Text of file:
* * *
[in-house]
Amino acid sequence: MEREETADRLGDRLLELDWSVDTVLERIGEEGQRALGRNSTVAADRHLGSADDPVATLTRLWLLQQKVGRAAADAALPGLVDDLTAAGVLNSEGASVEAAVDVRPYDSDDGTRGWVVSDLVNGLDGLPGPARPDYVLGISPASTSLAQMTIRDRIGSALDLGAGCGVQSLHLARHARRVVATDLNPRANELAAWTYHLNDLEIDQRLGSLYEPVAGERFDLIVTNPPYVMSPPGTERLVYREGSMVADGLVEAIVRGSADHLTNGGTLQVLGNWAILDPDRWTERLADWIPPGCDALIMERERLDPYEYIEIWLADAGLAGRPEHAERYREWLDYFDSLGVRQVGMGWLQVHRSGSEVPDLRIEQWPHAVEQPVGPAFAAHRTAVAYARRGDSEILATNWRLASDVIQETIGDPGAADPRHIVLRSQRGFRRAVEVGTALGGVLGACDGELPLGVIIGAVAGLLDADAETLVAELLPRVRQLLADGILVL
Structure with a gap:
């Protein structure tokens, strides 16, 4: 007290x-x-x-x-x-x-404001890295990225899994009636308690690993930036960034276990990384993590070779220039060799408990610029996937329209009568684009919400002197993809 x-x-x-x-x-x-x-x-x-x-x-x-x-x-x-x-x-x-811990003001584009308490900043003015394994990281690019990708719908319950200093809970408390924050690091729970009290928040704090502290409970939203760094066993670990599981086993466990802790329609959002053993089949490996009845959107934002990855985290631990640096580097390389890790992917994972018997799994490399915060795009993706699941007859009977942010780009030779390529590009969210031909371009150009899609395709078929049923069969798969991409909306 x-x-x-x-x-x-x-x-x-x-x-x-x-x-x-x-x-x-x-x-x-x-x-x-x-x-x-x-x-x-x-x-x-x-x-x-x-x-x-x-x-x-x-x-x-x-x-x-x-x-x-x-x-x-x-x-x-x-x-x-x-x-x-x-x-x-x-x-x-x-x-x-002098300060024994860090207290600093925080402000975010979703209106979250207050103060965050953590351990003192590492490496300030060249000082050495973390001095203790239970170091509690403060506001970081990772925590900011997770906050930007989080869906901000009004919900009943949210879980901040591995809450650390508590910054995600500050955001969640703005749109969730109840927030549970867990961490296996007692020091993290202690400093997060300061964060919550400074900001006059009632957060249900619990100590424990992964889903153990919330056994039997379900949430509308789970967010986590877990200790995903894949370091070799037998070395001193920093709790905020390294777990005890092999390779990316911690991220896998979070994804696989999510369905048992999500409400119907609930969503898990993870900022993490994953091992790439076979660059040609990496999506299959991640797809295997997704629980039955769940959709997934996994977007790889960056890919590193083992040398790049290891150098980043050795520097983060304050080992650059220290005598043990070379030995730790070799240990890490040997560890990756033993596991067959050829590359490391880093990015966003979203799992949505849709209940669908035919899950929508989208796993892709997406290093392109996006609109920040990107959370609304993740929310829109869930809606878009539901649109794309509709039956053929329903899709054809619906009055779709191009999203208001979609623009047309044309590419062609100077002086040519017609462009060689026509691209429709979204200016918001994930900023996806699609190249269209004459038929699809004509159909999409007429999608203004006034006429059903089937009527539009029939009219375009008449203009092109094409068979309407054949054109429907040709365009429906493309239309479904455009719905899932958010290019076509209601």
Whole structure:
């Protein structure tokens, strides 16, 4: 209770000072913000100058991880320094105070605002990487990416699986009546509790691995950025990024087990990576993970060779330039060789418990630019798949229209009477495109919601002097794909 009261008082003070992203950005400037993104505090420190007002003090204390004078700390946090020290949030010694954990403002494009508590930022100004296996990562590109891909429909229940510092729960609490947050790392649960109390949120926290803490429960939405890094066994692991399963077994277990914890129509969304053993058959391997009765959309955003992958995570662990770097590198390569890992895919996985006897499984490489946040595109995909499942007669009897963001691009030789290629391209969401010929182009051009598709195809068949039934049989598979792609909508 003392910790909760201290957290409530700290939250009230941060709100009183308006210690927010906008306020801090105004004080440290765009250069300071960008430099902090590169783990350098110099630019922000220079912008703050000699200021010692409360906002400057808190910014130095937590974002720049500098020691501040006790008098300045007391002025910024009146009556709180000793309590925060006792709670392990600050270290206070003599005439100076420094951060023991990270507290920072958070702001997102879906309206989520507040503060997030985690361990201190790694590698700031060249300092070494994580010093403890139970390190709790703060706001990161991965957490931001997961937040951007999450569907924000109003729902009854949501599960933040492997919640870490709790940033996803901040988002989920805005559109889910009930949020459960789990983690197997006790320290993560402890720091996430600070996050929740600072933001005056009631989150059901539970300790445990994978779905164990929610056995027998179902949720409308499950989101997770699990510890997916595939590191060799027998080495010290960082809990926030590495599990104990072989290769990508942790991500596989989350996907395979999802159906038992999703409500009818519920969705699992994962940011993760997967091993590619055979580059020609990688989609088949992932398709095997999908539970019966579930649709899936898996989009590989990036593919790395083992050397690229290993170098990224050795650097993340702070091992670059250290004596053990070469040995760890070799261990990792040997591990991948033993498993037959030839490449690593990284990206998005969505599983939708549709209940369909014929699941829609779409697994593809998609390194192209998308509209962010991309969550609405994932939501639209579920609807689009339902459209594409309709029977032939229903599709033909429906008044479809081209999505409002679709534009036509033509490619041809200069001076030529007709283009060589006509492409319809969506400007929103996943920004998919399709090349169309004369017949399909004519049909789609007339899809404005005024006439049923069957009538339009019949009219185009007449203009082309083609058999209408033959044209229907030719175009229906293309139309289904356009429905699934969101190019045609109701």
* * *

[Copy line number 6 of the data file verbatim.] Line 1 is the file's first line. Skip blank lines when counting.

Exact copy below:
């Protein structure tokens, strides 16, 4: 209770000072913000100058991880320094105070605002990487990416699986009546509790691995950025990024087990990576993970060779330039060789418990630019798949229209009477495109919601002097794909 009261008082003070992203950005400037993104505090420190007002003090204390004078700390946090020290949030010694954990403002494009508590930022100004296996990562590109891909429909229940510092729960609490947050790392649960109390949120926290803490429960939405890094066994692991399963077994277990914890129509969304053993058959391997009765959309955003992958995570662990770097590198390569890992895919996985006897499984490489946040595109995909499942007669009897963001691009030789290629391209969401010929182009051009598709195809068949039934049989598979792609909508 003392910790909760201290957290409530700290939250009230941060709100009183308006210690927010906008306020801090105004004080440290765009250069300071960008430099902090590169783990350098110099630019922000220079912008703050000699200021010692409360906002400057808190910014130095937590974002720049500098020691501040006790008098300045007391002025910024009146009556709180000793309590925060006792709670392990600050270290206070003599005439100076420094951060023991990270507290920072958070702001997102879906309206989520507040503060997030985690361990201190790694590698700031060249300092070494994580010093403890139970390190709790703060706001990161991965957490931001997961937040951007999450569907924000109003729902009854949501599960933040492997919640870490709790940033996803901040988002989920805005559109889910009930949020459960789990983690197997006790320290993560402890720091996430600070996050929740600072933001005056009631989150059901539970300790445990994978779905164990929610056995027998179902949720409308499950989101997770699990510890997916595939590191060799027998080495010290960082809990926030590495599990104990072989290769990508942790991500596989989350996907395979999802159906038992999703409500009818519920969705699992994962940011993760997967091993590619055979580059020609990688989609088949992932398709095997999908539970019966579930649709899936898996989009590989990036593919790395083992050397690229290993170098990224050795650097993340702070091992670059250290004596053990070469040995760890070799261990990792040997591990991948033993498993037959030839490449690593990284990206998005969505599983939708549709209940369909014929699941829609779409697994593809998609390194192209998308509209962010991309969550609405994932939501639209579920609807689009339902459209594409309709029977032939229903599709033909429906008044479809081209999505409002679709534009036509033509490619041809200069001076030529007709283009060589006509492409319809969506400007929103996943920004998919399709090349169309004369017949399909004519049909789609007339899809404005005024006439049923069957009538339009019949009219185009007449203009082309083609058999209408033959044209229907030719175009229906293309139309289904356009429905699934969101190019045609109701």